Smokers are still free to smoke in bars, adult entertainment establishments, parks and playgrounds after a tougher ordinance failed to pass the Board of Commissioners on Sept. 13.
“I’m very disappointed,” said Elizabeth Ford, director of the Board of Health.
The Clean Air Ordinance would have banned smoking at outdoor venues, parks, playgrounds, entrances and exits to buildings and outdoor service lines such as a waiting line at an ATM.
The ordinance, designed to reduce the effects of second-hand smoke, would have also reduced the number of rooms a hotel could designate for smoking form 25 percent to 10 percent.
“It’s a very small component of that amendment that folks seemed to have heartburn on,” Ford said. “No one spoke out about the parks. No one spoke out about the playgrounds and the service lines.
“Yet, the entire ordinance just got thrown out,” Ford said. “A lot of work, a lot of energy and a lot of safety issues are being completely ignored just to represent a single entity.”
Owners and patrons of bars and adult entertainment facilities were the main opponents of the smoking ban.
Dennis Williams, representing the Pink Pony strip club and the adult entertainment industry, said federal grants received by the county’s Board of Health is meant to encourage people not to smoke, not restrict them from smoking.
“This money was not granted to mandate or force people not to smoke,” Williams said. “It’s to bring the awareness that their choice could be bad.
“It’s being applied by the power of the gun to stop people from smoking or keeping them from having the choice to smoke,” Williams said.
“Where does it stop? Obesity, overweight, diabetes, high blood pressure—are we going to start regulating places like Burger King, Dominos, Waffle House?” he asked. “Granted they’re all bad choices to eat unhealthy food. Again the key word I’m trying to stress here is ‘choice.’”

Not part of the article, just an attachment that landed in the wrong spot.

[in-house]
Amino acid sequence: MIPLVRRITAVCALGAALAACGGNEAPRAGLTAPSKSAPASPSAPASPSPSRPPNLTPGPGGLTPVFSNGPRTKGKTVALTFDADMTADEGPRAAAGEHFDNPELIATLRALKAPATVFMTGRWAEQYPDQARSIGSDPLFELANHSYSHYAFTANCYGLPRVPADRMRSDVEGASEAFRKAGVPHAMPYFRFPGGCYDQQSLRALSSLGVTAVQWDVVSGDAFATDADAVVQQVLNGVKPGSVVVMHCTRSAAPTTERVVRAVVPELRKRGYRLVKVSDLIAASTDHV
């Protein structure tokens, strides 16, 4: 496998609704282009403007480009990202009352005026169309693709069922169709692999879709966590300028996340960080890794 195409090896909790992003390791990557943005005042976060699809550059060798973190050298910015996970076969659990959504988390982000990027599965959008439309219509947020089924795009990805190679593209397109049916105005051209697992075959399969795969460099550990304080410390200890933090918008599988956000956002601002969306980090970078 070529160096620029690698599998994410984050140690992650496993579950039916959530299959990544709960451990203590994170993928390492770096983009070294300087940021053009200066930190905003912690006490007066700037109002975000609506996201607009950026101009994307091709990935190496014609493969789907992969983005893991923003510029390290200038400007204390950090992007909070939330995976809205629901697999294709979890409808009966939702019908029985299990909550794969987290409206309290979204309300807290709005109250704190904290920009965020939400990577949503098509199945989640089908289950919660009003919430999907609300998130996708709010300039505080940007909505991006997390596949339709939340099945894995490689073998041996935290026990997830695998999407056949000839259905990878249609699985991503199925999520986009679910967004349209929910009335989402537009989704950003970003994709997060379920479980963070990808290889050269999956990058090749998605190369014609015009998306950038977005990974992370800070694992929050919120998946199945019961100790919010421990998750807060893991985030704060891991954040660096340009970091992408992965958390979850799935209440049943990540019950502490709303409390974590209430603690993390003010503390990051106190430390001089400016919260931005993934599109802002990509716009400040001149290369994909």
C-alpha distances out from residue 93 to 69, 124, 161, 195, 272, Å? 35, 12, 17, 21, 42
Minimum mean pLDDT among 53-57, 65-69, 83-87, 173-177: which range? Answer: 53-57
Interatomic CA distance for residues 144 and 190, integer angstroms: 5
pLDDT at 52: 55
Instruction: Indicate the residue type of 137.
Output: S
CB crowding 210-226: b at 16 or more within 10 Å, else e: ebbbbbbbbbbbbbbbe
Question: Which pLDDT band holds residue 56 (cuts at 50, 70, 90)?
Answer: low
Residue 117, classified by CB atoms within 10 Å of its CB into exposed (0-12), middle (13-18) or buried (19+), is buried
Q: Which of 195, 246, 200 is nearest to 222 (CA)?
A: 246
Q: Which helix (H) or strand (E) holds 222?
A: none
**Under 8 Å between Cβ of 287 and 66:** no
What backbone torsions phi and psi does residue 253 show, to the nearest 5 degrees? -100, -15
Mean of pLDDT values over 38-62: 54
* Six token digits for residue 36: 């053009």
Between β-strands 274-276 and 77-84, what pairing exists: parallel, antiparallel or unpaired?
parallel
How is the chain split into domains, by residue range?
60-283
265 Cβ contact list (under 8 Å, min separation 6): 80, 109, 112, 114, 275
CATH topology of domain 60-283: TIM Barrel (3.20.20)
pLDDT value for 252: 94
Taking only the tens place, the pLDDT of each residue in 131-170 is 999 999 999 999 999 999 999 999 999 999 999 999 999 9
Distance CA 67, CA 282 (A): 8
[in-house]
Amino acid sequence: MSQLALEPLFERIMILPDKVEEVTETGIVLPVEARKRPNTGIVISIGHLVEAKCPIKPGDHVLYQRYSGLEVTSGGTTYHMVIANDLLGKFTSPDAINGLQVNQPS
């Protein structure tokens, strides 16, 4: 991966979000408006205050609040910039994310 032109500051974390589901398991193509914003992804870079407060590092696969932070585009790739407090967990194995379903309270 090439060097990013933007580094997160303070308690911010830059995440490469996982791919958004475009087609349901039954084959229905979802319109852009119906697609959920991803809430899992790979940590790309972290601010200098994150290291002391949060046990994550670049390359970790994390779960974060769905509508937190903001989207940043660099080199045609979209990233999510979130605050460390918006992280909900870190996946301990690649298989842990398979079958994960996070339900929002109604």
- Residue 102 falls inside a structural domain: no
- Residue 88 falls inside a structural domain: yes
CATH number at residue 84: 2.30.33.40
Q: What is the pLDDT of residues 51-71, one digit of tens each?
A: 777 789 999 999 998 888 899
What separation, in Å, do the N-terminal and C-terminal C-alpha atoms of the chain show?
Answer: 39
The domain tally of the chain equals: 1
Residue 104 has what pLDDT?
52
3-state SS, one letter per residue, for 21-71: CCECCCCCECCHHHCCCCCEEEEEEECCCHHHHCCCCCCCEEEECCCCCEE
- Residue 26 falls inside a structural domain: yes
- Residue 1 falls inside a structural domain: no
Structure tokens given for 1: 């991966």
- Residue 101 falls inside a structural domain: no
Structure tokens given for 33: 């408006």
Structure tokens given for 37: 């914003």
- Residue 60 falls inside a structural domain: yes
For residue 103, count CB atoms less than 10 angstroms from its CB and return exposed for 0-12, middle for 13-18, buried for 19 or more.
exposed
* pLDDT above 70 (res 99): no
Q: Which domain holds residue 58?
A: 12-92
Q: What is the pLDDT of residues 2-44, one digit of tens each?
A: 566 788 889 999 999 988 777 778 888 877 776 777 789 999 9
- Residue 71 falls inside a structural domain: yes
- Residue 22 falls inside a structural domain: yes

Frank Redding, who represented 30 clubs, said club owners were willing to install filters to clean the air.
“Love us enough to leave us alone,” he told commissioners.
Smoking ordinance supporter Jordan Graves, who worked on the first smoking ordinance, said he understands that smokers do not want their choices limited further.
“They want the choice to be able to smoke, but they smoke around other people,” Graves said. “I would like the choice of not paying the medical bills of smokers.”
In addition to voting down the ordinance amendment, the board also rejected a proposal by Commissioner Jeff Rader to delay the implementation of the smoking ban in bars and adult entertainment facilities for two years.
Rader said his proposal was designed to give businesses plenty of time to adapt to the ordinance.
“This is not as burdensome and traumatic as some people think,” Rader said.
Ford said the Board of Health will regroup and determine what its next game plan will be.
“Citizens need to speak up and let the legislators know of their displeasure and the workers need to speak up. We went out there to try to protect them.
“It’s not over,” Ford said. “We will continue to try to push this until somebody understands what we’re trying to say.”